I love the nursery bean goes to, so much that I have decided to keep him going there once a week next year even though I can't afford it and I don't need him to.

good things about it

big safe enclosed garden

homecooked meals

cool little toilets (ds doesn't use them yet but they are so funny!)

range of ages in the nursery nurses, and lots of them have their own children

secure door system, you have to buzz to get in and there is cctv, they don't mind if I turn up unexpectedly though.

daily report, shows what and how much ds has eaten, how many nappy changes he has had, when and for how long he slept

parents evenings regularly

I love everything about it actually, the staff are lovely and love bean to bits, they were so upset when they thought he was going to be leaving! It's always clean and organised and ds is always happy.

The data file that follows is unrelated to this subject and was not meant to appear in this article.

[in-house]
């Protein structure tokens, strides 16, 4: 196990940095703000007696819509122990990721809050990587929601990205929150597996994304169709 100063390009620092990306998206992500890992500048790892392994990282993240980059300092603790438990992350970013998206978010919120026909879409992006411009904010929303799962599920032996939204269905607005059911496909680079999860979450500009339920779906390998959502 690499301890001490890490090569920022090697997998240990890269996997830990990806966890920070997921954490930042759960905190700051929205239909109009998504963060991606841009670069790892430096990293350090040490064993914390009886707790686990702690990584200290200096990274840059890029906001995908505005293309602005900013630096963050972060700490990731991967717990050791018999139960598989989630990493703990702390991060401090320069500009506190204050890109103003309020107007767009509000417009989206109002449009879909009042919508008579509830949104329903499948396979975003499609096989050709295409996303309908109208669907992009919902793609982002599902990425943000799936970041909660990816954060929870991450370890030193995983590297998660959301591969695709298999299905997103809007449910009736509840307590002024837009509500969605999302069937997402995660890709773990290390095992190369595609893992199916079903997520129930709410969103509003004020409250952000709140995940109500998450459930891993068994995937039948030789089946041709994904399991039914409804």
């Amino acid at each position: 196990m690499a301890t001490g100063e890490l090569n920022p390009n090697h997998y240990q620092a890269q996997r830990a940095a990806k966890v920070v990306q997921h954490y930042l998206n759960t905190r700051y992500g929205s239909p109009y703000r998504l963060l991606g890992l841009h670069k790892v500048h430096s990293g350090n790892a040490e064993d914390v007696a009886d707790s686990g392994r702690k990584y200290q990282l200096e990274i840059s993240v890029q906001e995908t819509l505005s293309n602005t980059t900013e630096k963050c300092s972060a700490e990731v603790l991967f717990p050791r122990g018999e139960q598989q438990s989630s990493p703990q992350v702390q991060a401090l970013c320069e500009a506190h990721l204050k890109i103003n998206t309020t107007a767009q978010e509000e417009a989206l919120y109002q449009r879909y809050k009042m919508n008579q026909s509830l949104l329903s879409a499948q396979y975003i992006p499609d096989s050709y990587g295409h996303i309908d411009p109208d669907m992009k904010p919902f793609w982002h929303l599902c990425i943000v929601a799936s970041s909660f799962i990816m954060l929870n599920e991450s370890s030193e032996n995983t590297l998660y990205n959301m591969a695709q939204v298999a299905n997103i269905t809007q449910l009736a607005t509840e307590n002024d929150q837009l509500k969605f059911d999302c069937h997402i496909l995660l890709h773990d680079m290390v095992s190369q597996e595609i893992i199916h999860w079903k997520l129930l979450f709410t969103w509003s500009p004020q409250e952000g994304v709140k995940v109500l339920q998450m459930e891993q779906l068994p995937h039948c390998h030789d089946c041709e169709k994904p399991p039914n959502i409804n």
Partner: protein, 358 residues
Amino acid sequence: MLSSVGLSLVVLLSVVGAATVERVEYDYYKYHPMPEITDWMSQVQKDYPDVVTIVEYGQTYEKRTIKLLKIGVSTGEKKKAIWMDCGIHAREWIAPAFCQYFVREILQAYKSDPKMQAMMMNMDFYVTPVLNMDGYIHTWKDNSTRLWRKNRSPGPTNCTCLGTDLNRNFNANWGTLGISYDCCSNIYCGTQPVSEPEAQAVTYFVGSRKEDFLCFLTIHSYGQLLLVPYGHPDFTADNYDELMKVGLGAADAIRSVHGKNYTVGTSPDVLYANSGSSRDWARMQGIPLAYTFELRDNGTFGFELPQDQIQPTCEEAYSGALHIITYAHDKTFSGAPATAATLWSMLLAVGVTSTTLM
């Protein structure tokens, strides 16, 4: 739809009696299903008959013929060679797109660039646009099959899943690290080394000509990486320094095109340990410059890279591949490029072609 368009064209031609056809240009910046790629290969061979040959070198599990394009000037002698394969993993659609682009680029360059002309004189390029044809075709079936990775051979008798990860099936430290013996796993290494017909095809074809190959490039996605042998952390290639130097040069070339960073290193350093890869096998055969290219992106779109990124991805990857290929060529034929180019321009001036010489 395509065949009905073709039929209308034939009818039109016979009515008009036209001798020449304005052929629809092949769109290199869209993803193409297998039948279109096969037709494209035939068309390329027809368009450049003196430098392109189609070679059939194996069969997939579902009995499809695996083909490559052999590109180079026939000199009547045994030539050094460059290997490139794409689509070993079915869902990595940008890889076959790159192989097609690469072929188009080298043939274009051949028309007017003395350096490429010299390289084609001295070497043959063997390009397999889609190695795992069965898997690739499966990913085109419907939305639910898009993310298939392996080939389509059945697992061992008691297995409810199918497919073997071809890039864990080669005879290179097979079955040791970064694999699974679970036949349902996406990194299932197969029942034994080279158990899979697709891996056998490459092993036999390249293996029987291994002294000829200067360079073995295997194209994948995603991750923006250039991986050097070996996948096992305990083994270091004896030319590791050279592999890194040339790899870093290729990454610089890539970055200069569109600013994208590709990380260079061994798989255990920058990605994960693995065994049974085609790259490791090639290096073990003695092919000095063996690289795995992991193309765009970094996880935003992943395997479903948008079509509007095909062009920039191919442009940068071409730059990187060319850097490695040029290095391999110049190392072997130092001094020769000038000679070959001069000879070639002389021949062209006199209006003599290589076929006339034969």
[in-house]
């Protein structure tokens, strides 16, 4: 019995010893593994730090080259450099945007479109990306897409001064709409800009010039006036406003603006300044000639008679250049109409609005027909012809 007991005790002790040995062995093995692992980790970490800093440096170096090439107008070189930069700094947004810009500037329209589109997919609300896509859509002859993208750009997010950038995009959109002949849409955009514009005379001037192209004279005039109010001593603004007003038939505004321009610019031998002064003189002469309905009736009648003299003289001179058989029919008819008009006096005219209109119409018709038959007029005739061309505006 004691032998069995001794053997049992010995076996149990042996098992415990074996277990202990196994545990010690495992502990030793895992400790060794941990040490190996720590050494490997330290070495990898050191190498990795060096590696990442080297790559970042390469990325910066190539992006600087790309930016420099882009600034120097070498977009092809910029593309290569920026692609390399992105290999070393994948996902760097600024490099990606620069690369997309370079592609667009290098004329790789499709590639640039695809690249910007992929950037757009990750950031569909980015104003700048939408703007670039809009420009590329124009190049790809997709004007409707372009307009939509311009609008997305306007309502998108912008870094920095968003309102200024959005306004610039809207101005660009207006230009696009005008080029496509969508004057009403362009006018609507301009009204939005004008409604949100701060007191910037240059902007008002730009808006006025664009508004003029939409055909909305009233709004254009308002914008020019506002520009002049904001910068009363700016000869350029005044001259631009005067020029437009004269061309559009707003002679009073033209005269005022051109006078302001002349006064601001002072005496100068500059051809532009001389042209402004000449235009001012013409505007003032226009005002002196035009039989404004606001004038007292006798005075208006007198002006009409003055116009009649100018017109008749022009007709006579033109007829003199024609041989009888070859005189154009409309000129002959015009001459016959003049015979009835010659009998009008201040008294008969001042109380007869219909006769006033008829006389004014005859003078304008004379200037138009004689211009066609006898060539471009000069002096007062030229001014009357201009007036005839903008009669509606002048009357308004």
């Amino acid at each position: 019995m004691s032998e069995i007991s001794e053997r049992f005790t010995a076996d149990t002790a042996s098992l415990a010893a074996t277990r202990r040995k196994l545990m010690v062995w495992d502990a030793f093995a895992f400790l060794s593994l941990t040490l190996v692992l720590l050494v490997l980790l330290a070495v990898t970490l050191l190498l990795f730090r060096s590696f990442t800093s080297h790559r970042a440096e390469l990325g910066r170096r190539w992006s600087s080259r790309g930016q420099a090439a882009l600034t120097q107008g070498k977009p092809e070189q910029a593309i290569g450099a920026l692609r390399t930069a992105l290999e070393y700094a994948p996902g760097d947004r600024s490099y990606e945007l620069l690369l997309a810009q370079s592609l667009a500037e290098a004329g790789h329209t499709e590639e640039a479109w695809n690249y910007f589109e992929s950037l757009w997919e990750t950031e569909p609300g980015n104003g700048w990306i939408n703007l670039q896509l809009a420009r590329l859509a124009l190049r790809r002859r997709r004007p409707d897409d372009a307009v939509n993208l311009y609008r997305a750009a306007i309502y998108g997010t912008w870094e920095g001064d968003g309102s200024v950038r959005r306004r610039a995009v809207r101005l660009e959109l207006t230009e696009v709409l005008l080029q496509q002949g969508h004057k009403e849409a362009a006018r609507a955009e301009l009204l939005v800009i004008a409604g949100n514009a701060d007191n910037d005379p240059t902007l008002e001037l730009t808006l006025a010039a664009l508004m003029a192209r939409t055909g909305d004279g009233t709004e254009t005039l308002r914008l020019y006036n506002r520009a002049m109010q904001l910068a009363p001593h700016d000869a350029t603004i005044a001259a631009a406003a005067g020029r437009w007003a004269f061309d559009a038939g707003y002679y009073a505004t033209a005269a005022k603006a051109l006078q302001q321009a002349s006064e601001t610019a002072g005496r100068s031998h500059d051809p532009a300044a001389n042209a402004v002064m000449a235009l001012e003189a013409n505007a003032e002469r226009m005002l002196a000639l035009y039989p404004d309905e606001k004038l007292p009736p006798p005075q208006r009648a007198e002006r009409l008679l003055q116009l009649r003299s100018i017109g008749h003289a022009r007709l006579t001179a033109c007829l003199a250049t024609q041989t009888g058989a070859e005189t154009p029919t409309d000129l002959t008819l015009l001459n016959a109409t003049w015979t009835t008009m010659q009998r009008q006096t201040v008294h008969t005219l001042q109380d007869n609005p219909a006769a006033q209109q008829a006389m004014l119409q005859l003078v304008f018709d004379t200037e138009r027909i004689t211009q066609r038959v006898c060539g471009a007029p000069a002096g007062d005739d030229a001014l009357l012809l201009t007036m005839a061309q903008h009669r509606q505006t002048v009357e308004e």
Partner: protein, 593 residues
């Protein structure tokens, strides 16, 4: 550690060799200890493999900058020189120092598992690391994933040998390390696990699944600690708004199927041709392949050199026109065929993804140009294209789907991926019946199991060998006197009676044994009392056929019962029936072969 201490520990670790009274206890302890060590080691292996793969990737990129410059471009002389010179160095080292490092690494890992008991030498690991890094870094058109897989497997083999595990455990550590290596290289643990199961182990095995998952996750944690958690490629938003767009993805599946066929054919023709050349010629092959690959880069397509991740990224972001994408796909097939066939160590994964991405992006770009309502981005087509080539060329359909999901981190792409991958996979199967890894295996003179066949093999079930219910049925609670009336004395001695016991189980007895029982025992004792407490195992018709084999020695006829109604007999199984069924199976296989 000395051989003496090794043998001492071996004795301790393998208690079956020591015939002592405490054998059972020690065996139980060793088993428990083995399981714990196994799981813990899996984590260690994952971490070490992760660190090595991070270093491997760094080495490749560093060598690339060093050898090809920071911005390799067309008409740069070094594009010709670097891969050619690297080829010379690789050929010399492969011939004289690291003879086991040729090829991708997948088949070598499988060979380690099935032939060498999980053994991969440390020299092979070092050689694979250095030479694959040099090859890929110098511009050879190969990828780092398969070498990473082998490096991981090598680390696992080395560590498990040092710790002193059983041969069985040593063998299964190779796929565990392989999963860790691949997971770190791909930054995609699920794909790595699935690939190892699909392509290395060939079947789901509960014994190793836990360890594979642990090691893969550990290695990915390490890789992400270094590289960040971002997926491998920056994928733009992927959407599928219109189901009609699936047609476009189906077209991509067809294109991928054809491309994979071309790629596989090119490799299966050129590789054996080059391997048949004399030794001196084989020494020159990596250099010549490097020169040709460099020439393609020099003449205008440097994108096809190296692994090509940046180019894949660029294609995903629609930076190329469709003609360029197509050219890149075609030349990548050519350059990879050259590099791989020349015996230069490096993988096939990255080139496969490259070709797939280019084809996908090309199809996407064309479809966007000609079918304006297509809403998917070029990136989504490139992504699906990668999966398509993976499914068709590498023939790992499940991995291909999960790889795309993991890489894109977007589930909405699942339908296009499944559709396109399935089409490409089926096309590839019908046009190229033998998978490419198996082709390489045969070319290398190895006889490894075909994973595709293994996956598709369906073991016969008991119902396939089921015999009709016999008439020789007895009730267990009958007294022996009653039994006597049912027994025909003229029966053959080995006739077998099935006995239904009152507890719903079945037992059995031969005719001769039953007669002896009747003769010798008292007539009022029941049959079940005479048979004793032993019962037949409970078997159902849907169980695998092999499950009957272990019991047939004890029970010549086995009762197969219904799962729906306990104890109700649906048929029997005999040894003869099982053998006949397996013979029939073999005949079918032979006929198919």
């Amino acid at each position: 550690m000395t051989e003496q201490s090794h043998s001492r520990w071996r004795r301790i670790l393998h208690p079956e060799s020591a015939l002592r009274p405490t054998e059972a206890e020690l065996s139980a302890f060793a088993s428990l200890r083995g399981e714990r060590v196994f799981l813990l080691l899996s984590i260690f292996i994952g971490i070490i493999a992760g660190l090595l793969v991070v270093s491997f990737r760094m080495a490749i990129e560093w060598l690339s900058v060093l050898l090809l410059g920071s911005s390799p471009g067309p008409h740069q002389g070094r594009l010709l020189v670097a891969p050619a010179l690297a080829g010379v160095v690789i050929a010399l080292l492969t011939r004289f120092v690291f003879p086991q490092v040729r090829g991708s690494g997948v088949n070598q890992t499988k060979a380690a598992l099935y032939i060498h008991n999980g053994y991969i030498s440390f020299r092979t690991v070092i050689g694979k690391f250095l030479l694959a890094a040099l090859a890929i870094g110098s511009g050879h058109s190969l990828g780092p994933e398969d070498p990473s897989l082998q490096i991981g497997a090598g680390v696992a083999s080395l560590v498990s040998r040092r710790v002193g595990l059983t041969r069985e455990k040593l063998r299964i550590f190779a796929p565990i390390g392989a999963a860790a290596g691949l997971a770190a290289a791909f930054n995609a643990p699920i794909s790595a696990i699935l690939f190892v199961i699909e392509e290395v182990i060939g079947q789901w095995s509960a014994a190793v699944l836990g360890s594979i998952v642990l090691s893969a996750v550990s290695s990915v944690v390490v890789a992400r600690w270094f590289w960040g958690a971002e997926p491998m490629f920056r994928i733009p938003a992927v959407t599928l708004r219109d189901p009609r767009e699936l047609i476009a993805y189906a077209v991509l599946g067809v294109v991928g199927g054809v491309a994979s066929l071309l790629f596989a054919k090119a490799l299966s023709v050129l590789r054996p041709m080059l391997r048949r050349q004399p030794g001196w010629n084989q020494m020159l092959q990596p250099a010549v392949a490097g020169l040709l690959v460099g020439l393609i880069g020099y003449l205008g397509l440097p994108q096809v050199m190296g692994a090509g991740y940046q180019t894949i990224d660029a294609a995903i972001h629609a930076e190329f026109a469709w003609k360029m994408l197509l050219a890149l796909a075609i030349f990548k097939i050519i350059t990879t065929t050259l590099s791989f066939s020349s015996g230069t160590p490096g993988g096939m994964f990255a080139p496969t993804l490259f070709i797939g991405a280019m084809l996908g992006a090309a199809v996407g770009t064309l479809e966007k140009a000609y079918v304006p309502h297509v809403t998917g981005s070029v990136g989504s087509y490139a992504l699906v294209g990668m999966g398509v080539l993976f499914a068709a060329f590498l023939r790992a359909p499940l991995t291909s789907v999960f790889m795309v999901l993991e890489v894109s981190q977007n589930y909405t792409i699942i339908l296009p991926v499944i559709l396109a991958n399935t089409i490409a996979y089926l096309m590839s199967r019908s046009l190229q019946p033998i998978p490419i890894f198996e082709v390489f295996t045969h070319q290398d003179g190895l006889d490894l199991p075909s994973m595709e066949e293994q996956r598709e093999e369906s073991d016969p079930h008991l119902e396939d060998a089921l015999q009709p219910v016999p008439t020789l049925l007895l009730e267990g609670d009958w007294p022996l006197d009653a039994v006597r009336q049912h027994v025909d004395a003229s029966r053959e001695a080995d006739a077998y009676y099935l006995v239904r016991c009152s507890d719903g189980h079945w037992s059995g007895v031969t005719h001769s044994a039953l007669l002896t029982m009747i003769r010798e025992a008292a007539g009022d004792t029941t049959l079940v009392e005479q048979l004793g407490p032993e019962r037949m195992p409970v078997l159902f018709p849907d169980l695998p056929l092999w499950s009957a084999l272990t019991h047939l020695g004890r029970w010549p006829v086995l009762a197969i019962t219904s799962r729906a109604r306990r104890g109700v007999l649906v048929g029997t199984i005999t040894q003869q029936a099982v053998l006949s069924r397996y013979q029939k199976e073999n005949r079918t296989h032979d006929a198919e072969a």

mamadadawahwah Wed 08-Jun-05 10:39:40

lucky you beansmum!

does anyone know if private nurseries have subsidies for parents on low income or who are not working? This would be a good thing for parents who need their kids to get "out and about" with other children, but who can't really afford it.

beansmum Wed 08-Jun-05 11:11:42

I've never heard of anything like that, you can get tax credits if you are on a low income, but that's nothing to do with the nursery. I'm just using bean's child benefit to pay for my fees, it usually goes straight into his savings account but I'll reduce the standing order a bit.

beansmum Wed 08-Jun-05 11:13:02

actually just realised that will only cover half of it, the rest will come from my tiny income and bean will just have to have no savings for a while.

Fennel Wed 08-Jun-05 11:34:58

good food (and good vegetarian food)

lots of outdoor play

carers who aren't just bored 18 year olds but older,
more experienced carers.

cheerful busy atmosphere

very little or no TV.

daily diary for babies - what they ate etc.

LunarSea Wed 08-Jun-05 12:12:52